Proposals Would Help Legitimize Medical Pot, Ease Financial Pressures on Marijuana Dispensaries

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You’ve got to be happy to see this development: Federal lawmakers submitted a proposal in Congress this week to “allow medical marijuana dispensaries to take the full range of business expense deductions on their federal tax returns, just like other legal businesses are permitted to do under the law,” according to an article in the Colorado Independent.

And that’s not all. Another bill would allow banks to offer financial services to medical marijuana centers and related businesses, and yet another proposal would essentially shelter pot businesses adhering to state laws from federal drug prosecution, according to the Associated Press.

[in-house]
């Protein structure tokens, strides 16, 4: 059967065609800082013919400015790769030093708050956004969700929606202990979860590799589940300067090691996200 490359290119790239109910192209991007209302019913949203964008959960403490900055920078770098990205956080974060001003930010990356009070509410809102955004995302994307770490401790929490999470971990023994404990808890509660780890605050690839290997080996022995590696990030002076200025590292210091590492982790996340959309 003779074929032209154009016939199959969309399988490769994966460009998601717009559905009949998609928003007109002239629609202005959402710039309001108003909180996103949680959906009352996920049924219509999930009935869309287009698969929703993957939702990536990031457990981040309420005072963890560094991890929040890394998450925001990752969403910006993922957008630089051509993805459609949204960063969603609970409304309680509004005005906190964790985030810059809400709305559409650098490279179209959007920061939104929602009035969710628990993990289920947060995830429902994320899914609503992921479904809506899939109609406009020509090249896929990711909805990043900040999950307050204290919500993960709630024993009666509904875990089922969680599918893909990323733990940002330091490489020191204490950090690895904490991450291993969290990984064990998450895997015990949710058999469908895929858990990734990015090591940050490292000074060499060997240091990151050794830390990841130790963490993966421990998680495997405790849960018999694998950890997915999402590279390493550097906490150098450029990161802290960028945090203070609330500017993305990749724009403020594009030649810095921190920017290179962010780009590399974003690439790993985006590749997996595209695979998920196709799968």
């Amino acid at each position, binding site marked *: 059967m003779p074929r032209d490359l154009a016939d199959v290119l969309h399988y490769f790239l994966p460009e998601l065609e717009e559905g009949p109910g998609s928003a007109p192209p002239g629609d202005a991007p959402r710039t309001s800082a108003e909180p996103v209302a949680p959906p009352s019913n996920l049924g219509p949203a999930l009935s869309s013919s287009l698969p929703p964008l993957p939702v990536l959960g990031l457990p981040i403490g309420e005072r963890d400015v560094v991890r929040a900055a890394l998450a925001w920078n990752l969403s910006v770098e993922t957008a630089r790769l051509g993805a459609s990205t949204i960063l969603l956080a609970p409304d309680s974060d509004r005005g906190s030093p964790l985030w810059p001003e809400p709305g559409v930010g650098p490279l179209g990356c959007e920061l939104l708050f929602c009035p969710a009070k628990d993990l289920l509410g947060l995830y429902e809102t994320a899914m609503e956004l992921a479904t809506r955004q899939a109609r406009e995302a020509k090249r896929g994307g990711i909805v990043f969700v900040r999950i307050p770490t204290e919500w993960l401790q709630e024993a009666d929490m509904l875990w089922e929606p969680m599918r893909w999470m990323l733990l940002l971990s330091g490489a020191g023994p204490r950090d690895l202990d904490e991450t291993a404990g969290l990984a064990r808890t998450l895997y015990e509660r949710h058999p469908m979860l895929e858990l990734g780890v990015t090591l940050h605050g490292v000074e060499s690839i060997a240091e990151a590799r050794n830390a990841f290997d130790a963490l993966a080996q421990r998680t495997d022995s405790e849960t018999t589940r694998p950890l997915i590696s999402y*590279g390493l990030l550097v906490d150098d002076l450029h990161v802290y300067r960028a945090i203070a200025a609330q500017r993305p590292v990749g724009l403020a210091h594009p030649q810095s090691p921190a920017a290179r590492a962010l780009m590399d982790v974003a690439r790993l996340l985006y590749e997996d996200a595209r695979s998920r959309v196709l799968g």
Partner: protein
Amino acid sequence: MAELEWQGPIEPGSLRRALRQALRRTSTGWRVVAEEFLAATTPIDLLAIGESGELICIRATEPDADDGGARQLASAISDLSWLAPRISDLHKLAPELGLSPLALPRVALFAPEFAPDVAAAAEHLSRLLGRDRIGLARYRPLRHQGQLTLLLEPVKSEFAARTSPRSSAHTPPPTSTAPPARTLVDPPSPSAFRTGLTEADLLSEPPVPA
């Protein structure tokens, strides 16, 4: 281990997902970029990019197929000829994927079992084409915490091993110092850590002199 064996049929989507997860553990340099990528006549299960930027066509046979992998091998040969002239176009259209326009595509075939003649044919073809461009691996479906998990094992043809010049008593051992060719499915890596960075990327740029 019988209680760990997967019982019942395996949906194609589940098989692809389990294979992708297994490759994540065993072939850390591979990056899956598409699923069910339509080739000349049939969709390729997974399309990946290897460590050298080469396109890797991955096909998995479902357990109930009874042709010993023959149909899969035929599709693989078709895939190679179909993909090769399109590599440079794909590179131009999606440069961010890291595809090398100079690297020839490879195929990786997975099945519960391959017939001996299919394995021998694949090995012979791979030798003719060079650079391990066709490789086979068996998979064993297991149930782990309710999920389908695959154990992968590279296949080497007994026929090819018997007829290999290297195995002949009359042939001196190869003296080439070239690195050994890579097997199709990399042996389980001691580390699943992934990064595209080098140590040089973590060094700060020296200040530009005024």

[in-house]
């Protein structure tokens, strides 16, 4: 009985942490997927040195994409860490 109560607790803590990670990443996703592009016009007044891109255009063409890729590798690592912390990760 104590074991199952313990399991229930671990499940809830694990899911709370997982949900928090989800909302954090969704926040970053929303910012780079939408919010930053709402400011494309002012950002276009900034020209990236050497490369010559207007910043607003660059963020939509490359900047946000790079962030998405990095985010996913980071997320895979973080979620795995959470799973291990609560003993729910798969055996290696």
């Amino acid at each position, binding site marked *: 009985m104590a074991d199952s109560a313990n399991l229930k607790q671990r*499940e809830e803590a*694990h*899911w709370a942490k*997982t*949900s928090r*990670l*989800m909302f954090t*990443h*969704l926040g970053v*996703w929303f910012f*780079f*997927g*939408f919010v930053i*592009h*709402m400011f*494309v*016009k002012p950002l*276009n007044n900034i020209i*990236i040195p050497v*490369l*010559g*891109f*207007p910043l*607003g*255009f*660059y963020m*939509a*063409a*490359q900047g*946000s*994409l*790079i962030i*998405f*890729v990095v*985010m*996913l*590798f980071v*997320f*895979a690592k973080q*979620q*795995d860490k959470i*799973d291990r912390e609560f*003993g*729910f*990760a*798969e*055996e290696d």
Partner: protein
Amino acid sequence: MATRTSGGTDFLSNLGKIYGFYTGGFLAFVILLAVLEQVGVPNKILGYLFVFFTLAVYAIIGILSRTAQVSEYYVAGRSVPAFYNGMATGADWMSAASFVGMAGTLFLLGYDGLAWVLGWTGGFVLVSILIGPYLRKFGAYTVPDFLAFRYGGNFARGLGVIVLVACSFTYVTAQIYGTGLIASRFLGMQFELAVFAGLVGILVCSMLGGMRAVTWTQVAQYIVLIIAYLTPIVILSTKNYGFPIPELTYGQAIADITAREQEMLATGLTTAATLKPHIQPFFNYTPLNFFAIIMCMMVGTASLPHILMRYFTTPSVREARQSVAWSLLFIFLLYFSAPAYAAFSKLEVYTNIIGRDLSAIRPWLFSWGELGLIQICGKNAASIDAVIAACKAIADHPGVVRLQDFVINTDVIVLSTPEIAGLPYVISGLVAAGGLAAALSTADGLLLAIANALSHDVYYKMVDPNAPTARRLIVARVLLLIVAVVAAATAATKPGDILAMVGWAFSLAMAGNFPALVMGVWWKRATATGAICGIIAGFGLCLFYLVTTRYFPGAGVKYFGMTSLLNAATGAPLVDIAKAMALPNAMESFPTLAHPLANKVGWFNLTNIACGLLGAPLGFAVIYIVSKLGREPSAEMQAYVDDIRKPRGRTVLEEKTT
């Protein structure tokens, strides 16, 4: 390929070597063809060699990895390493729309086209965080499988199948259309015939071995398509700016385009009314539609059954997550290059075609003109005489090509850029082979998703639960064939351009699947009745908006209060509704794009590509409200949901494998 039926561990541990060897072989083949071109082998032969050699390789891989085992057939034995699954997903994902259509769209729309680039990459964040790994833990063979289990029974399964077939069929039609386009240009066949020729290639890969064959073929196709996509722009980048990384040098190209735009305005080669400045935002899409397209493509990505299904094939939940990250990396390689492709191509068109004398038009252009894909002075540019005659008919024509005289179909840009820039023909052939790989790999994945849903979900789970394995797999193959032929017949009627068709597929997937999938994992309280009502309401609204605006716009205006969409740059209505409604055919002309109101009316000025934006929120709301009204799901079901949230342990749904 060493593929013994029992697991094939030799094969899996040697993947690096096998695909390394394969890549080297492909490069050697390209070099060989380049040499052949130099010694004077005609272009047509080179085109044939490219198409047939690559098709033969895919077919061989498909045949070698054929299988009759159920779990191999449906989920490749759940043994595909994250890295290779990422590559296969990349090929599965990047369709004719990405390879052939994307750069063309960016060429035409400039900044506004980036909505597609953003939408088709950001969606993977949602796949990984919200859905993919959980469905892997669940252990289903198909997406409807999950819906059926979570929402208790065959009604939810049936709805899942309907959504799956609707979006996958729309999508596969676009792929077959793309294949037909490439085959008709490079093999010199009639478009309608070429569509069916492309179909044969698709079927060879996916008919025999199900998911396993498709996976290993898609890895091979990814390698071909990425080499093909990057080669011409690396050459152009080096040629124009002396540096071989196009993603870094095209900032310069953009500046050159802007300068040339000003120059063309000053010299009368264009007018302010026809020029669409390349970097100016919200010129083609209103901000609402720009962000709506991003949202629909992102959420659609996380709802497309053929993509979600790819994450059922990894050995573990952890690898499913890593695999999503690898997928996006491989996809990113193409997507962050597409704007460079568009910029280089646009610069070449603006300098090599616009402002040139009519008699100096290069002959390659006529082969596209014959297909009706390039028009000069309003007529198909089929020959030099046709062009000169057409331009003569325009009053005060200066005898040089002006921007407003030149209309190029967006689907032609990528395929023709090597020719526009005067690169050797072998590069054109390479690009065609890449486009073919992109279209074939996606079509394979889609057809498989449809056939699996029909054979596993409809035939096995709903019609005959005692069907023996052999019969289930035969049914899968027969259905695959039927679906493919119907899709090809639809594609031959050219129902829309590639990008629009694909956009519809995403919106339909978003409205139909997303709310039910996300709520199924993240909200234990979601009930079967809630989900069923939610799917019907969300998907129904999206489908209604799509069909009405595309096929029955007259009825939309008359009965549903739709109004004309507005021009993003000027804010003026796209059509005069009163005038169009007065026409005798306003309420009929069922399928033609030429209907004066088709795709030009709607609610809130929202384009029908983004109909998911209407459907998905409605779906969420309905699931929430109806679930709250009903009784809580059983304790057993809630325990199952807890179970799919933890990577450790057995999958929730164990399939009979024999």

The proposals address three very important issues for the industry. Several dispensary owners I’ve spoken with have cited their frustration with the fact that they can’t claim deductions, which can amount to a good chunk of change. At the same time, most U.S. banks refuse to work with medical marijuana dispensaries, citing the fact that the businesses are illegal under federal law. That makes it hard for new entrants to get loans and difficult for existing dispensaries to obtain financing for growth or daily business needs.

The importance of the last proposal goes without saying. It would be a watershed development, allowing responsible dispensary owners to go about their business without fear of a raid.

Just as importantly, these would go a long way toward fully legitimizing the industry. Think about it: Although medical marijuana would still technically be illegal under federal law, the government would in effect tax it like every other business, allow dispensaries to open accounts and obtain loans through banks, and defer to state drug laws covering the industry. Sounds pretty legal to me.

But let’s not get ahead of ourselves. This will be a tough slog, as there remains plenty of opposition among lawmakers to the legalization (or anything that resembles it) of medical marijuana. So don’t break out the party joints, er, hats just yet.